‘It’s uniquely important in this industry that we work together internationally to tackle maritime emissions,’ says Nus Ghani, UK Minister for Maritime.
Speaking at the inaugural Sea: The Future conference in London this morning (22 May), Ghani said 2018 had marked ‘a major milestone for maritime’.
She highlighted the International Maritime Organization’s (IMO) commitment to a global greenhouse gas (GHG) strategy, setting an ambitious target to reduce the sector’s GHG emissions by at least half by 2050.
Ghani said: ‘International shipping is responsible for approximately 2% of global CO2 emissions but if action is not taken by 2050 it’s predicted that the figure could rise to as much as 17%.’
She continued: ‘The UK continues to play a leading role at the IMO to deliver on [the] 2018 strategy advocating the global transition to new and alternative fuels.’
Ghani said the UK Maritime Ministry is demonstrating the UK’s ambition to reduce shipping’s emissions by developing a clean maritime plan – ‘to be launched soon’.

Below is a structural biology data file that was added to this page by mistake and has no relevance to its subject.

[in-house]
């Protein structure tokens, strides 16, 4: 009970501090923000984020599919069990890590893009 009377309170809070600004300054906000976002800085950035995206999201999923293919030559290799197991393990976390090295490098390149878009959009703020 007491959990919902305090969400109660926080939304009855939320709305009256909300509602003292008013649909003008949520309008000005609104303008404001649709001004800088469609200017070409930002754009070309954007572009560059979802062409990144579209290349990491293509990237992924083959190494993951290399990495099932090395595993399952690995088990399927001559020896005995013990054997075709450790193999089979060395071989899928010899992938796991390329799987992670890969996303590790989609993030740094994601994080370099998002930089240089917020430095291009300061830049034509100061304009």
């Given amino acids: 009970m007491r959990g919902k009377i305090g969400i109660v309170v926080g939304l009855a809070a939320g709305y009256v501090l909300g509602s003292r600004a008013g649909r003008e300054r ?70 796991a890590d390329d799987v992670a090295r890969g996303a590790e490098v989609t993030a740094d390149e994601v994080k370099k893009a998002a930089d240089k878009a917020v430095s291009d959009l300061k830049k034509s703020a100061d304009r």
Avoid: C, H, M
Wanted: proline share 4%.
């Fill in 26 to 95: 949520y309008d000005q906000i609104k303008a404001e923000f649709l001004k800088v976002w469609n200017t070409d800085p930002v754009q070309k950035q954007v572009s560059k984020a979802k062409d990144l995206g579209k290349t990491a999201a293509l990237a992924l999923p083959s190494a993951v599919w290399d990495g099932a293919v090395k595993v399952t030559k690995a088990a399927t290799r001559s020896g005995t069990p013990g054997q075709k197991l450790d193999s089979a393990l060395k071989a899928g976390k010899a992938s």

‘We will be one of the first countries since the agreement of the IMO strategy to set out a national action plan,’ said Ghani. ‘It will set out how we intend to reduce not only greenhouse gases but also air pollutants as we work towards a long-term goal of zero emission shipping.
‘Clearly this will require close collaboration between industry and government and that’s why we have established a clean maritime council and an advisory body of academics, industry and government to develop a practical, feasible and deliverable clean maritime plan, and also to capture the broader benefits of this technological revolution.
Concluding her presentation, Ghani pointed to this year’s London International Shipping Week (LISW), which she said would be the country’s chance to ‘showcase British maritime to the world’.
‘[LISW] will also provide a great opportunity for us to talk about maritime and shipping, and to network and learn from each other, continuing conversations about the future of the maritime sector, laying the foundations for a strong, modern, environmentally-aware maritime industry, and develop trading partnerships that will further cement the UK’s place as a leading maritime nation.’